In the new study, 32 freshwater fish of various species were tested for resistance to nine different antibiotics, and some resistance was found to every antibiotic. The highest level of resistance, 77 percent, was found with the common antibiotic tetracycline. The fish were tested in Portland, Ore., after being transported from Colombia, Singapore and Florida.

Findings of the study were reported in the Journal of Fish Diseases.

The bacterial infections found in the fish included Aeromonas, Pseudomonas, Staphylococcus and others, several of which can infect both fish and humans.

“The range of resistance is often quite disturbing,” the scientists wrote in their report. “It is not uncommon to see resistance to a wide range of antibiotic classes, including beta-lactams, macrolides, tetracyclines, sulphonamides, quinolones, cephalosporins and chloramphenicol.”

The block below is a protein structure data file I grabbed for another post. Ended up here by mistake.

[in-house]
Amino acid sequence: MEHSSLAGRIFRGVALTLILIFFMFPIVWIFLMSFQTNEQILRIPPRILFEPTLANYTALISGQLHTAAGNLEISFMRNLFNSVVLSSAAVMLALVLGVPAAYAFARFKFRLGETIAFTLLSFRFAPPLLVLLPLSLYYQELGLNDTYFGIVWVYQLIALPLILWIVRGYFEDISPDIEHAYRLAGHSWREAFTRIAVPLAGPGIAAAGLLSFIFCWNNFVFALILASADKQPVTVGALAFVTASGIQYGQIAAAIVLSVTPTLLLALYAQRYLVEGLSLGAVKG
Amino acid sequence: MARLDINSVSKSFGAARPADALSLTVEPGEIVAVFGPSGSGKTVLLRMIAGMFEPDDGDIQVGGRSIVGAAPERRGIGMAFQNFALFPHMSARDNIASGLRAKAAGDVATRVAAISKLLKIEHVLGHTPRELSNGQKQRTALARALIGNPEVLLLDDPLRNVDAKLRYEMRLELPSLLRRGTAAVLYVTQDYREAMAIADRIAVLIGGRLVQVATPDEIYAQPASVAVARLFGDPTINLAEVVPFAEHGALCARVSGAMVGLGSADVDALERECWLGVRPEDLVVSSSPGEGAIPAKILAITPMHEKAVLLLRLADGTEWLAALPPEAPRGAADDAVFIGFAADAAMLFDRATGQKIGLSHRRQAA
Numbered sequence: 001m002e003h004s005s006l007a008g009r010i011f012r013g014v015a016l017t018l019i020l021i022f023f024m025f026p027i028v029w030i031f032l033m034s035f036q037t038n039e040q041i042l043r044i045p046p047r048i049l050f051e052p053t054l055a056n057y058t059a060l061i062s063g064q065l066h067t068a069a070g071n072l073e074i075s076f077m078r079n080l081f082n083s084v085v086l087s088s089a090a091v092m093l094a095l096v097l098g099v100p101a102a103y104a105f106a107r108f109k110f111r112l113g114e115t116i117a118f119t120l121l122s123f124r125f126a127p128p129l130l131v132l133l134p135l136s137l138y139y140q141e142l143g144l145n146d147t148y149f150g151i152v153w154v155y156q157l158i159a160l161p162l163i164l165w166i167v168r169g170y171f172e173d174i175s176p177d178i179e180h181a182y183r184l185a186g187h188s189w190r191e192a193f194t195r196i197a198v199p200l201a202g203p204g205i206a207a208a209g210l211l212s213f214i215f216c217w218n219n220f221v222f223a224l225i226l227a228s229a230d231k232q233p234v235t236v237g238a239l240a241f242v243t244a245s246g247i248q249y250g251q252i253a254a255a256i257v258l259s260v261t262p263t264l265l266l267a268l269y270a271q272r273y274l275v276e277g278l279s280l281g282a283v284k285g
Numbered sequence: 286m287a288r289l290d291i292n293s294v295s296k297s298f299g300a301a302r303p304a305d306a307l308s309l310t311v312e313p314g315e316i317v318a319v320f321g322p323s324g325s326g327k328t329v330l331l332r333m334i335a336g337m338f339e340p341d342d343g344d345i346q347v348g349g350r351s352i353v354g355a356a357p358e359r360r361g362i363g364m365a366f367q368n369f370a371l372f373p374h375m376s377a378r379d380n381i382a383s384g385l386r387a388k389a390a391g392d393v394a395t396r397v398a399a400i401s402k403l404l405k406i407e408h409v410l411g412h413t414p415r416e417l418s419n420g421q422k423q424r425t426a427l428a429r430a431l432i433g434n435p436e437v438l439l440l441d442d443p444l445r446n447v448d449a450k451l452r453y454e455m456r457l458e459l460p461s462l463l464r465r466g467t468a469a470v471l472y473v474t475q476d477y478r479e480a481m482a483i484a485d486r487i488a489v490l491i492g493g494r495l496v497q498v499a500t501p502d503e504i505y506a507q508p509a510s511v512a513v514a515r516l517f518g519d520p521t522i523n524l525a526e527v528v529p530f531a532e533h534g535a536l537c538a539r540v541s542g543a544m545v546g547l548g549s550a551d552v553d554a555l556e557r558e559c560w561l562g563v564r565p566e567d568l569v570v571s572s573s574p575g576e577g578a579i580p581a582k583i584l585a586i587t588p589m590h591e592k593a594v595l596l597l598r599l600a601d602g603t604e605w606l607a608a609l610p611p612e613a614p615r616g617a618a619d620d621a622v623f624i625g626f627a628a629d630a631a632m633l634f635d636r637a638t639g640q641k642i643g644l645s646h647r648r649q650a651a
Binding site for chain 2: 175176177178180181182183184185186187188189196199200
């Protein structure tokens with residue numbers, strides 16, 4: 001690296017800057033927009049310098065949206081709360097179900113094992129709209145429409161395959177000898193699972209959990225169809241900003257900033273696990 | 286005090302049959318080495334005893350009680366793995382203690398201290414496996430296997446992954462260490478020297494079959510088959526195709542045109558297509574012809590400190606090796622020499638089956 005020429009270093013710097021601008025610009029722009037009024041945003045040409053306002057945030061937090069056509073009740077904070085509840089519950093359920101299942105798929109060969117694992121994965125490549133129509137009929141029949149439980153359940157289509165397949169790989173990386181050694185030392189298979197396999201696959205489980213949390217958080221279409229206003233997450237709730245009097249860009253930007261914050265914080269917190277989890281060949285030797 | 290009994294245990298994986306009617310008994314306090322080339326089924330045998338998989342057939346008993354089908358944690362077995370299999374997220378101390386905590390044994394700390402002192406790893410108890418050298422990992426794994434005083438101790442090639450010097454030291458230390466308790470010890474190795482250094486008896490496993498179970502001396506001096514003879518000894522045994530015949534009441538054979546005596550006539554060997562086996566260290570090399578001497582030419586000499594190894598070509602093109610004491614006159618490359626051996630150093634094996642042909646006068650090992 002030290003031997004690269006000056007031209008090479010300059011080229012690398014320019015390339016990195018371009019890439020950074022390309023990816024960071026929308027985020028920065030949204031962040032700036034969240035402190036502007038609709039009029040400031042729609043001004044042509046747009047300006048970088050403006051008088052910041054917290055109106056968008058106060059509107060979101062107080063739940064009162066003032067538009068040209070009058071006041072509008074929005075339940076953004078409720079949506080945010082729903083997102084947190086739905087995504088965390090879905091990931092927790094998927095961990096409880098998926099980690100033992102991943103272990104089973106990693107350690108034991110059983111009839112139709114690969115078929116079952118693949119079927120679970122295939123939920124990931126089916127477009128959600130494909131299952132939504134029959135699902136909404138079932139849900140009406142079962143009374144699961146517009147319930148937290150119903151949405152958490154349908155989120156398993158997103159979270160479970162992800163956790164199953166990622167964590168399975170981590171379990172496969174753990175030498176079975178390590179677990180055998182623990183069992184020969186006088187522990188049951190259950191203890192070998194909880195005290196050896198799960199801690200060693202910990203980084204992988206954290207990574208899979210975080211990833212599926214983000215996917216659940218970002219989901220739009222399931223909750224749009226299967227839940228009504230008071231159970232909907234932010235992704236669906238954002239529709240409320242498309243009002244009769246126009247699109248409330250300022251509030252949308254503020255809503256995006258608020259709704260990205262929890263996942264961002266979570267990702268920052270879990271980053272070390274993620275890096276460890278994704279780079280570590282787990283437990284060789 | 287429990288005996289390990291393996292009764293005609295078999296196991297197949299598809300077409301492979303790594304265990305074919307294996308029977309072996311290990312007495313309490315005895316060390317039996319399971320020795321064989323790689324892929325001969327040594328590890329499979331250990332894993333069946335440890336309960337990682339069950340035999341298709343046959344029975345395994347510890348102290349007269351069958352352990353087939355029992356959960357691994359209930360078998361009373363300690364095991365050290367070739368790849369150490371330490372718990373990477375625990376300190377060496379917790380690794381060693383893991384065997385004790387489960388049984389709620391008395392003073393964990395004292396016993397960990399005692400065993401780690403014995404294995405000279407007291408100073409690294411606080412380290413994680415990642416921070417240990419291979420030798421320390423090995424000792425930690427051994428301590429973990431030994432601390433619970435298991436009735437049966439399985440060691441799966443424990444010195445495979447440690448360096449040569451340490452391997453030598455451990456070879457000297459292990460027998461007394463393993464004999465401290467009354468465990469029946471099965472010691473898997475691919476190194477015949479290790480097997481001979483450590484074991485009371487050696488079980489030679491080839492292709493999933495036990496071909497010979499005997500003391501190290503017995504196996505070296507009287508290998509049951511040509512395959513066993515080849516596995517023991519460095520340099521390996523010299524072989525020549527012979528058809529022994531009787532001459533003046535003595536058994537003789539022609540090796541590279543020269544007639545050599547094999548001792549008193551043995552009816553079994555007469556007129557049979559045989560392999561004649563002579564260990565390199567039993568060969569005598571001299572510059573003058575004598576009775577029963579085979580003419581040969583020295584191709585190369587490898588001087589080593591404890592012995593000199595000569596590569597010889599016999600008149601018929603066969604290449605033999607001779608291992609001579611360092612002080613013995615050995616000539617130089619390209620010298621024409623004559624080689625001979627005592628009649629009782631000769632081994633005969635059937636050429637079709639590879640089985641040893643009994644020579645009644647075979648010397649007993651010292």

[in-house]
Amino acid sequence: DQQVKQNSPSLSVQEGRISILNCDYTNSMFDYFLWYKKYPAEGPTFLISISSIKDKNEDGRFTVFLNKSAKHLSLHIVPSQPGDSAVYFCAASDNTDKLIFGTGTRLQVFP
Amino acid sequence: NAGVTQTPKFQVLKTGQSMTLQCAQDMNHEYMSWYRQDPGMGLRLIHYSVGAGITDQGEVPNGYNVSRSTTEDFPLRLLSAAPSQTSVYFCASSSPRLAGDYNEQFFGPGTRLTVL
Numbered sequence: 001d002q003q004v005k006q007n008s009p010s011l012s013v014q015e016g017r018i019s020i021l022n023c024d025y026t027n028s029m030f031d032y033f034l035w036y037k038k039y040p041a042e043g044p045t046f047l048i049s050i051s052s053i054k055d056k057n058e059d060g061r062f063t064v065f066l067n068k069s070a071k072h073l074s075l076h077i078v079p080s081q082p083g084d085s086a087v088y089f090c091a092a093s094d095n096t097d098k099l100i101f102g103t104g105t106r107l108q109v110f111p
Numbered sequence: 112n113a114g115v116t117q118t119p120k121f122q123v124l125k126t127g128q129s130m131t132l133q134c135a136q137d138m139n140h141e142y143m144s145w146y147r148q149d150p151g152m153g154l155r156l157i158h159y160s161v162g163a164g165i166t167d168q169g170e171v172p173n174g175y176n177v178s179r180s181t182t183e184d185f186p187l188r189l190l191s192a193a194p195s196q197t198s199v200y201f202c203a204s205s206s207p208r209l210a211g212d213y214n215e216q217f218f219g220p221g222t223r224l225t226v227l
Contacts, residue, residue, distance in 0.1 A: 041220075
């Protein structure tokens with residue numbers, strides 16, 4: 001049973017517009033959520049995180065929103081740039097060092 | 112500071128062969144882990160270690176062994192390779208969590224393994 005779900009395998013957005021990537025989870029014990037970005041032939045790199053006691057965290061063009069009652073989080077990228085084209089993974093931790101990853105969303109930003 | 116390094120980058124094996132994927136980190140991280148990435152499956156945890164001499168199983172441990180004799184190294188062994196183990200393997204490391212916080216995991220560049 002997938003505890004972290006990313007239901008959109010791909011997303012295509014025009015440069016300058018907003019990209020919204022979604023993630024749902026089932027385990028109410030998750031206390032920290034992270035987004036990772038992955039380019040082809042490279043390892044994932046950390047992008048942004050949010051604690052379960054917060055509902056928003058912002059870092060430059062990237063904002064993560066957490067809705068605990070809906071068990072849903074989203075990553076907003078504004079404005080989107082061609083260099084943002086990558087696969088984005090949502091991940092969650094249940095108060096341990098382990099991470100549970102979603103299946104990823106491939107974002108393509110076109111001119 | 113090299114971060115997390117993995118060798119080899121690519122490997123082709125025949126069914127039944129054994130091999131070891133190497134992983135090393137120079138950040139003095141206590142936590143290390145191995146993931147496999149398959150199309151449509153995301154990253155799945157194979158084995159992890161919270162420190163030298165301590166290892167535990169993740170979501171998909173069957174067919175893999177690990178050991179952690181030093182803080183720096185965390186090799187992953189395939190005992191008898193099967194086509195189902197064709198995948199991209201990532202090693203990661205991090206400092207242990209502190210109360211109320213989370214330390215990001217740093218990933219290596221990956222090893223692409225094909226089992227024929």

Problems and concerns with antibiotic resistance have been growing for years, Miller-Morgan said. The nature of the resistance can range widely, causing an antibiotic to lose some, or all of its effectiveness.

There have been documented cases of disease transmission from fish to humans, he said, but it’s not common. It would be a particular concern for anyone with a weak or compromised immune system, he pointed out, and people with such health issues should discuss tropical fish management with their physician. Workers who constantly handle tropical fish may also face a higher level of risk.